John and Nicko told me that amoung the security features that Good Dynamics incorporates are provisions for encrypting data in motion within a device. Data to and from a device and data at rest on a device are the usual targets for encryption. With Good Dynamics, data that is transferred between Good for Enterprise and third-party applications developed with their SDK is not allowed to touch the memory in an unencrypted state. This is necessary because “erasing” data from flash memory generally consists of merely marking blocks to be overwritten, leaving the remnants susceptible to being read by other applications.

The approaches for locking-down access to third party apps are the same as for the core application. Depending on how permissions are set, open-in, clipboard, hardware access and other parameters are limited or monitored.

Organizations can develop their own apps using Good Dynamics, or turn to commercially available “Good”-compatible versions of apps. Ultimately, though, end users do have to have to rely on the availability of these special versions of applications, and if one isn’t available, a user could be tempted to get data and work on their personal device using alternative means (FUIT). An organization will need to be proactive in ensuring that applications are available for their users. On Good Technology’s part, in order to encourage a broad ecosystem of apps, one of the first things they did was look at the 100 most popular apps in the enterprise—and after removing all of the job-finding apps—they approached the creators about making Good Dynamics versions. Good also notes that this creates opportunities for individual developers.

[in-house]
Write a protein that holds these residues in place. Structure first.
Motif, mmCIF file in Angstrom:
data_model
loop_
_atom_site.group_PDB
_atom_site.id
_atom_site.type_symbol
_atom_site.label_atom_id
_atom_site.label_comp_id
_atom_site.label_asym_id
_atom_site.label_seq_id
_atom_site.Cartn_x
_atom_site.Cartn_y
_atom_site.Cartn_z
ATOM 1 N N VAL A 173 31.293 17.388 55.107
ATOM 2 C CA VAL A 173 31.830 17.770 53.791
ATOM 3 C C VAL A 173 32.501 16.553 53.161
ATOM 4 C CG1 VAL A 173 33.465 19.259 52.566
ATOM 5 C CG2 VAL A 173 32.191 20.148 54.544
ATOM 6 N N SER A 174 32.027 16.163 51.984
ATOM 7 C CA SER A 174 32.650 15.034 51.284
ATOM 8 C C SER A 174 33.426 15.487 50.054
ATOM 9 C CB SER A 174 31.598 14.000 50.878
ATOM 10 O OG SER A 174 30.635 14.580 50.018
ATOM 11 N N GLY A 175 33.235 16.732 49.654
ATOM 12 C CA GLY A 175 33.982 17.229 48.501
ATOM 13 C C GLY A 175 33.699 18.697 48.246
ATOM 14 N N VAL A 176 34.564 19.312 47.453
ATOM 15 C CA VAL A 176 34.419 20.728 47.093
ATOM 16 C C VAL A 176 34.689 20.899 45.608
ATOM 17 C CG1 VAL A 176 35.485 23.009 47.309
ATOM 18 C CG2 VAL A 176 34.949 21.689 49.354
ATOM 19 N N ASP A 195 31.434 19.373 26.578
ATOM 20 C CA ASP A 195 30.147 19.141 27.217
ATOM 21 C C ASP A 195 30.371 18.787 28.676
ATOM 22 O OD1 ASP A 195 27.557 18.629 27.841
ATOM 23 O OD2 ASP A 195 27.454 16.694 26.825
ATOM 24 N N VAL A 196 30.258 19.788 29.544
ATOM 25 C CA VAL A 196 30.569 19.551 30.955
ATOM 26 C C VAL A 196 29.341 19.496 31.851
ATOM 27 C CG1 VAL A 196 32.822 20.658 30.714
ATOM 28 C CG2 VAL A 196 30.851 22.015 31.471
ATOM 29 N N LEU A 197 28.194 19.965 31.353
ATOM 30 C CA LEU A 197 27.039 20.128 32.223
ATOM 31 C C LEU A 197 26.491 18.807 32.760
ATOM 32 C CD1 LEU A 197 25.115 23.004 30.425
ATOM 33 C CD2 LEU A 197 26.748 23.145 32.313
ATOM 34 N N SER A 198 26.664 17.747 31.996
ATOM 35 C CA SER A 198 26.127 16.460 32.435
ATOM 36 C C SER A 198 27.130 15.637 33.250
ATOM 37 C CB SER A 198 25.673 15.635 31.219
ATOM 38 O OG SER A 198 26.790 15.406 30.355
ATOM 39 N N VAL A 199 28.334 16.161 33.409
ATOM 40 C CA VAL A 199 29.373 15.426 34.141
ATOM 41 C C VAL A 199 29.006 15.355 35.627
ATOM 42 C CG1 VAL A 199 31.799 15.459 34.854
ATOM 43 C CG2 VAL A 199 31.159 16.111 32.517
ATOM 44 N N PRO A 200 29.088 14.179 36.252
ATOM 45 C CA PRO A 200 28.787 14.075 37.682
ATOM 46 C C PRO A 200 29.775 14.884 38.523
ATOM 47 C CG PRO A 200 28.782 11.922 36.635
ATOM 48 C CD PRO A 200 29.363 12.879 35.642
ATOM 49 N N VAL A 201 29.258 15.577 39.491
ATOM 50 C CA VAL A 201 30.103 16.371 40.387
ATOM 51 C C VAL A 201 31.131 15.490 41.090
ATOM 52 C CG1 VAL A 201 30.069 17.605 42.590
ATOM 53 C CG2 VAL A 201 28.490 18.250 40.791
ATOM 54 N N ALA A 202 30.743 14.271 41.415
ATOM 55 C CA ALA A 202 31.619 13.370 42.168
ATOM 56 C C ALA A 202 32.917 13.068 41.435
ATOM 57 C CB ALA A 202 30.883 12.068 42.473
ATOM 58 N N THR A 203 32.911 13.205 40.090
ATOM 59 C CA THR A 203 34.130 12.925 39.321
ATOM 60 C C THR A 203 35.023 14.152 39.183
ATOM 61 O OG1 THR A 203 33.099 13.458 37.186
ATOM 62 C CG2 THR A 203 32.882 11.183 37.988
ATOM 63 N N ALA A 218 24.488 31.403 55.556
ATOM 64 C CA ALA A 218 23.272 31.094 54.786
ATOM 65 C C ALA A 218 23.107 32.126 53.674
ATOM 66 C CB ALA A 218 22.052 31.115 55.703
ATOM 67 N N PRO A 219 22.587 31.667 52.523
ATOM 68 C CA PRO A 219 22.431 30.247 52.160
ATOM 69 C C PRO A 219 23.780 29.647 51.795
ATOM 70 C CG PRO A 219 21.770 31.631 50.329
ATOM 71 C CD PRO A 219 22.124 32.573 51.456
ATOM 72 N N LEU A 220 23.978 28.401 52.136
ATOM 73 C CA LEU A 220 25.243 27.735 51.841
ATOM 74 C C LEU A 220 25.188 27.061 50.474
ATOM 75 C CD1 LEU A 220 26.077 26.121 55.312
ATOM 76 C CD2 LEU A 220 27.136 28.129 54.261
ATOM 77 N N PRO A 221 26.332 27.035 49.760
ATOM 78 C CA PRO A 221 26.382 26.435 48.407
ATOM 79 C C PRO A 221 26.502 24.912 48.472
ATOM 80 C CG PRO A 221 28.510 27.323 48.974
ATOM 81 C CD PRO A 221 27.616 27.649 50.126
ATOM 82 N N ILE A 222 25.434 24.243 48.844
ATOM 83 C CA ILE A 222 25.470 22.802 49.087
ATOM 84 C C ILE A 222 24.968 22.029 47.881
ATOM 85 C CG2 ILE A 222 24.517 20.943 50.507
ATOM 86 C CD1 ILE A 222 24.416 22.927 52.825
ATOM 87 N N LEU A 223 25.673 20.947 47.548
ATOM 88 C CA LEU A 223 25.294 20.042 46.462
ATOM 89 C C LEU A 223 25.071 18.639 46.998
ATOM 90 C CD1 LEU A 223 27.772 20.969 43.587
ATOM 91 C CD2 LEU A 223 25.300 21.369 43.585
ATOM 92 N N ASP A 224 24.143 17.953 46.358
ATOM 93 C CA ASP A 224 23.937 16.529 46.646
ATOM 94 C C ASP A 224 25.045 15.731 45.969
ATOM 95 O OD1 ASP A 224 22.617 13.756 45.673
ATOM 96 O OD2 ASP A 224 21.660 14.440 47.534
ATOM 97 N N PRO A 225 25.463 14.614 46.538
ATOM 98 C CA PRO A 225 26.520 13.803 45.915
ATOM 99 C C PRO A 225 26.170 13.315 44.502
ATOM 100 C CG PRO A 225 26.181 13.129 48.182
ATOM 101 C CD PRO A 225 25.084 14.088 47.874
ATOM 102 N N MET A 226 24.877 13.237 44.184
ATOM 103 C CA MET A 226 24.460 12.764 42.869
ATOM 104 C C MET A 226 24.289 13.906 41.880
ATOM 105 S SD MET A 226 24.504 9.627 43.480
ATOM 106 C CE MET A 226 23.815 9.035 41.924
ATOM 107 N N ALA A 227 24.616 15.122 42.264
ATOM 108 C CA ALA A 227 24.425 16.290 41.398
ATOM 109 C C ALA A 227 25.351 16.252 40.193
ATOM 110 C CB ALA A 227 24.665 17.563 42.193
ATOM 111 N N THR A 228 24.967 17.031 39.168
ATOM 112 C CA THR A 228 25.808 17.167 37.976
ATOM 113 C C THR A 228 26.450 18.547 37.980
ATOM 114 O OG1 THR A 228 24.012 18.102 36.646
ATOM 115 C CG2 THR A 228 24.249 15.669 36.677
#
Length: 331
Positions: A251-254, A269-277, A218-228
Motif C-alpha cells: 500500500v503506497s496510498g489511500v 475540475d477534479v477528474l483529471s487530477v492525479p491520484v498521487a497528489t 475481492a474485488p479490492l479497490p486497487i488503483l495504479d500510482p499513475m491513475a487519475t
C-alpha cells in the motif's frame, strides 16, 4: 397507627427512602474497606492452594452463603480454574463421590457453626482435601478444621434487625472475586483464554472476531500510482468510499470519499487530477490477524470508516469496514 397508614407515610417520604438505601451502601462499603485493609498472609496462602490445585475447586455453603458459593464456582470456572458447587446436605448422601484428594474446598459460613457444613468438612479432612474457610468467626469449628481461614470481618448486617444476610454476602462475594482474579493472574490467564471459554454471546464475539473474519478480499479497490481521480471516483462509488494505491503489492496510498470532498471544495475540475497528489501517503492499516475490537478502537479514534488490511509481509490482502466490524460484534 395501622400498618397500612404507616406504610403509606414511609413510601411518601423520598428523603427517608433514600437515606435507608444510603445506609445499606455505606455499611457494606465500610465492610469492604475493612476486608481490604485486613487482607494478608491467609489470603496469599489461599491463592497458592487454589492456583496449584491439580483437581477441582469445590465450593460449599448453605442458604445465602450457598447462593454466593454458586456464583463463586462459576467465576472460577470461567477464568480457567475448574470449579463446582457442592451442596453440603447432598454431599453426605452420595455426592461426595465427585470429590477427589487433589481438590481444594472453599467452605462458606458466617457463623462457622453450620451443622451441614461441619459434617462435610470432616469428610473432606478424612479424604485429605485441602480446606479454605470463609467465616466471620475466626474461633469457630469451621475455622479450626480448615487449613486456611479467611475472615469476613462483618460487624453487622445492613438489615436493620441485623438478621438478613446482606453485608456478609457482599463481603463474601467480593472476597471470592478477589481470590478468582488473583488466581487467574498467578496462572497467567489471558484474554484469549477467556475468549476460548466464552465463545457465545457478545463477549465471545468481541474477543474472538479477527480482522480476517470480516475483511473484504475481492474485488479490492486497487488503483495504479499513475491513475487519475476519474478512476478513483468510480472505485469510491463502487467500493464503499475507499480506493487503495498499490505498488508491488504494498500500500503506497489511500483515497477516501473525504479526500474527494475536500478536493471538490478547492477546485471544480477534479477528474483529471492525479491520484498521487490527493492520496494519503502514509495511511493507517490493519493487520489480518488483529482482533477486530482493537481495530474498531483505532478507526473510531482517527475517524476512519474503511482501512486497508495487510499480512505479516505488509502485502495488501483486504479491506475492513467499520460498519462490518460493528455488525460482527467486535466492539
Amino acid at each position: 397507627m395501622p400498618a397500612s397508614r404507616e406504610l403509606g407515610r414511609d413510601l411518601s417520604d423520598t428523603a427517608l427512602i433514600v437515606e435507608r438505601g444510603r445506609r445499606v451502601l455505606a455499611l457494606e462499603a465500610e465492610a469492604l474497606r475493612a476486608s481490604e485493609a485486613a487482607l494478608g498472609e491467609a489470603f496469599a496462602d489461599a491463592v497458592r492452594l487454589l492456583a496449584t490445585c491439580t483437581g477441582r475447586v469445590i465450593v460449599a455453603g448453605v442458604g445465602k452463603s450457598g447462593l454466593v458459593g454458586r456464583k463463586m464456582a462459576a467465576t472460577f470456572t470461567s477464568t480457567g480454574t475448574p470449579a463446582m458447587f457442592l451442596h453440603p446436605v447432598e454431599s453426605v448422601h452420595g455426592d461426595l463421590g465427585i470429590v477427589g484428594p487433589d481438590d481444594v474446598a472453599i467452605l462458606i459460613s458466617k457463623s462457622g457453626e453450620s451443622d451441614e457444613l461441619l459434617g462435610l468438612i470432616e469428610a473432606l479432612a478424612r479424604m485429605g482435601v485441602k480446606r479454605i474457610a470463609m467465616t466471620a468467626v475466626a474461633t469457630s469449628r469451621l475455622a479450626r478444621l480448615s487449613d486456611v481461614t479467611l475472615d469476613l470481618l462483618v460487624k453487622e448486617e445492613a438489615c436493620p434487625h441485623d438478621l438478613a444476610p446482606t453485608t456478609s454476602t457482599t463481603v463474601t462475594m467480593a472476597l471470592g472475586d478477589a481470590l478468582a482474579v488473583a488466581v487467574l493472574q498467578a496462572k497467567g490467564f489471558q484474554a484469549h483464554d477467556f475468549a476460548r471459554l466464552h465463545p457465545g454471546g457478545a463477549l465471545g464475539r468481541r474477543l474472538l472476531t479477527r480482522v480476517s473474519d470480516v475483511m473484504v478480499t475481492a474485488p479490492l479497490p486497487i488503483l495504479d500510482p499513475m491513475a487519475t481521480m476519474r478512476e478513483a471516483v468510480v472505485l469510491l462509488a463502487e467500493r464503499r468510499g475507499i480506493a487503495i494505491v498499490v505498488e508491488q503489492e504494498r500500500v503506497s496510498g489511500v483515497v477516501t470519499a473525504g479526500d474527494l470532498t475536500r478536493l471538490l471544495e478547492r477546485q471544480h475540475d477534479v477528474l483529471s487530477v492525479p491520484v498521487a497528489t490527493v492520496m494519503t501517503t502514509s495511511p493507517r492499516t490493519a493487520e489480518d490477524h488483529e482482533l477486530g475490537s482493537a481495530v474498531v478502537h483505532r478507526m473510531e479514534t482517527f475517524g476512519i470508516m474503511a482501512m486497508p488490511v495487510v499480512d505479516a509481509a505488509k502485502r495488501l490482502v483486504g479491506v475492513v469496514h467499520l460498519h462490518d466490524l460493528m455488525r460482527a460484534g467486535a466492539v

Final thoughts

Good Technology’s product enables a dual-persona BYOD scenario, while keeping a small footprint on the end-user side. On the corporate side, there is a need to ensure that Good-compatible versions of apps (both commercial and home-grown) and back-end (for Good servers) infrastructure exists.

While Good for Enterprise is not separated to the degree of supporting multiple phone numbers or billing plans, all of the core functions are “containerized”. Having all the core functions under one application makes it easy to separate corporate work from personal usage. When “work” is just one icon, it’s easy to hide it for the weekend, instead of having a prompt for a long password reminding users about it every time they pick up their phone.

Feature Overview

This feature overview will be updated from time to time, and a similar feature overview will be included with every article in this series. If you notice any inaccuracies, please comment or email me at jmadden@techtarget.com. There are a lot of vendors and features to keep track of, and I want to be sure and keep everything straight.

  • Platform iOS, (including Good for Enterprise, Good Dynamics, and Good for Government) Android (Good for Enterprise; Good Dynamics pending), Windows Mobile, Symbian, PalmOS (Good for Enterprise only)
  • Architecture containerized Application
  • Security at the application level 
  • App sources integrated with the product, home-grown, third-party
  • How external apps are brought in developed using SDK
  • App stores corporate, commercial
  • Split plans/phone numbers no
  • Management interface web based
  • On-site requirements Yes, can be virtual machine
  • Provisioning users download, then ask to join corporate environment